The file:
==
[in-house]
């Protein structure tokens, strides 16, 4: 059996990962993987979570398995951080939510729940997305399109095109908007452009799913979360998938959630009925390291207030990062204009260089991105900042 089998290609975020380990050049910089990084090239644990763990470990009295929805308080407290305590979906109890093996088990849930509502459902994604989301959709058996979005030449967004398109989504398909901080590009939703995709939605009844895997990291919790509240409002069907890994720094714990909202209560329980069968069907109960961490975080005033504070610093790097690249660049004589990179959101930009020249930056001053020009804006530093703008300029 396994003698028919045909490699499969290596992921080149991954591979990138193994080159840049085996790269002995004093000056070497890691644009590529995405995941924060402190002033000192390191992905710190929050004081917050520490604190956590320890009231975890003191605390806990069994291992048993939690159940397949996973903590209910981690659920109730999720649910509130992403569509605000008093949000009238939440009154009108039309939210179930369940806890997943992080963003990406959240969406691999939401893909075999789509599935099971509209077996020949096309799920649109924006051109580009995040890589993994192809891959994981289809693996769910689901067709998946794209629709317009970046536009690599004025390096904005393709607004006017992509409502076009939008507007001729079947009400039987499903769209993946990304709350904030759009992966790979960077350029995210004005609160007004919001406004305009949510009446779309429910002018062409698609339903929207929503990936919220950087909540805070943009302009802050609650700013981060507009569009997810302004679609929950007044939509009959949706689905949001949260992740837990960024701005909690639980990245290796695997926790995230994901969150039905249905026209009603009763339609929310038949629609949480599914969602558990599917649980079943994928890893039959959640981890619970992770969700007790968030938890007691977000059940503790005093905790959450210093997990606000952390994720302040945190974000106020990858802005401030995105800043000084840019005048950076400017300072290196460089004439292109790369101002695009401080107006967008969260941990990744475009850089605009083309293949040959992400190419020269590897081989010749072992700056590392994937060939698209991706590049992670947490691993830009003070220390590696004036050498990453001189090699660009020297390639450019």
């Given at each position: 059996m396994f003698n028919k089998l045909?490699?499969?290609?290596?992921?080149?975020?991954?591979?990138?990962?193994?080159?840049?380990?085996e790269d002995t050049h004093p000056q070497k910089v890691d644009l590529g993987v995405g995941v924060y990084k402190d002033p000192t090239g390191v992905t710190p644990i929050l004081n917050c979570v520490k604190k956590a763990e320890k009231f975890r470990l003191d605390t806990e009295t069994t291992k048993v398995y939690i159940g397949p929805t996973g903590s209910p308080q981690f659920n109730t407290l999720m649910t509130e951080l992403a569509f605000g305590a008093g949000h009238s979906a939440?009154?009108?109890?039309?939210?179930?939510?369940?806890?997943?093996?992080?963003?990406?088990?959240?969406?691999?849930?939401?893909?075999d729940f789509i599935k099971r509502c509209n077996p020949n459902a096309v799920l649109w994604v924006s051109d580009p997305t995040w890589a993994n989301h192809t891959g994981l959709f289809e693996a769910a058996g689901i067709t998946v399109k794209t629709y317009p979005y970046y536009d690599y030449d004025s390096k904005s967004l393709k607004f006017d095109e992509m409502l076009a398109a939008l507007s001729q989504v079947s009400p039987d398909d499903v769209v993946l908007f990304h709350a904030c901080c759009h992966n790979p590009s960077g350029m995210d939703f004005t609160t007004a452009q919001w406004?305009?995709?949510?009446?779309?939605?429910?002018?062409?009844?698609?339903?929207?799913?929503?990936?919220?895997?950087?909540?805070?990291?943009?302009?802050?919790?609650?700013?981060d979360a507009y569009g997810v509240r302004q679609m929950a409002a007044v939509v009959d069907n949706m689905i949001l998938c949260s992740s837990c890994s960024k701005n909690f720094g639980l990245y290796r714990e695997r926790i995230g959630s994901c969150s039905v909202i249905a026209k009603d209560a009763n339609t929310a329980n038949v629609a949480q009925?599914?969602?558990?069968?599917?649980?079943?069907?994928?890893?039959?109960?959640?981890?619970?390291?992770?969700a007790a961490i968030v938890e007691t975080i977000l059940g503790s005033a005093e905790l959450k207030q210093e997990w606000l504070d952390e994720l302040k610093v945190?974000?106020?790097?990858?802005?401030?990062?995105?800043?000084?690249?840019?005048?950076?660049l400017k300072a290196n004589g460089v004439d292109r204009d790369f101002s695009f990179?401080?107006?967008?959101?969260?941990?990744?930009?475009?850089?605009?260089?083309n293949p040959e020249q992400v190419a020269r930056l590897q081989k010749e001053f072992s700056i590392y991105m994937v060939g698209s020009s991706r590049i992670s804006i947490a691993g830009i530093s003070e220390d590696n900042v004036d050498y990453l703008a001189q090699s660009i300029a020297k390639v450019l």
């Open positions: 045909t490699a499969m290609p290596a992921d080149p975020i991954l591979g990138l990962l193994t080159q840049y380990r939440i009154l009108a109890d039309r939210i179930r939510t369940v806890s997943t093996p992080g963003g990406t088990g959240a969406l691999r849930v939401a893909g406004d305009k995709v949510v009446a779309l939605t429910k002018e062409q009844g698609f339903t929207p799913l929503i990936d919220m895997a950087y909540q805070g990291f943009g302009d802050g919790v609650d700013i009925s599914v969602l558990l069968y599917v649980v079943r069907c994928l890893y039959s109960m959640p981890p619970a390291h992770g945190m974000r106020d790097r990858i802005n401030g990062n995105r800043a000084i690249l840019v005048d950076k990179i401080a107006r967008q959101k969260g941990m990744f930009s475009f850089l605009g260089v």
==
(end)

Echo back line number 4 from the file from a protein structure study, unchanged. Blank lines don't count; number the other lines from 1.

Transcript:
């Open positions: 045909t490699a499969m290609p290596a992921d080149p975020i991954l591979g990138l990962l193994t080159q840049y380990r939440i009154l009108a109890d039309r939210i179930r939510t369940v806890s997943t093996p992080g963003g990406t088990g959240a969406l691999r849930v939401a893909g406004d305009k995709v949510v009446a779309l939605t429910k002018e062409q009844g698609f339903t929207p799913l929503i990936d919220m895997a950087y909540q805070g990291f943009g302009d802050g919790v609650d700013i009925s599914v969602l558990l069968y599917v649980v079943r069907c994928l890893y039959s109960m959640p981890p619970a390291h992770g945190m974000r106020d790097r990858i802005n401030g990062n995105r800043a000084i690249l840019v005048d950076k990179i401080a107006r967008q959101k969260g941990m990744f930009s475009f850089l605009g260089v």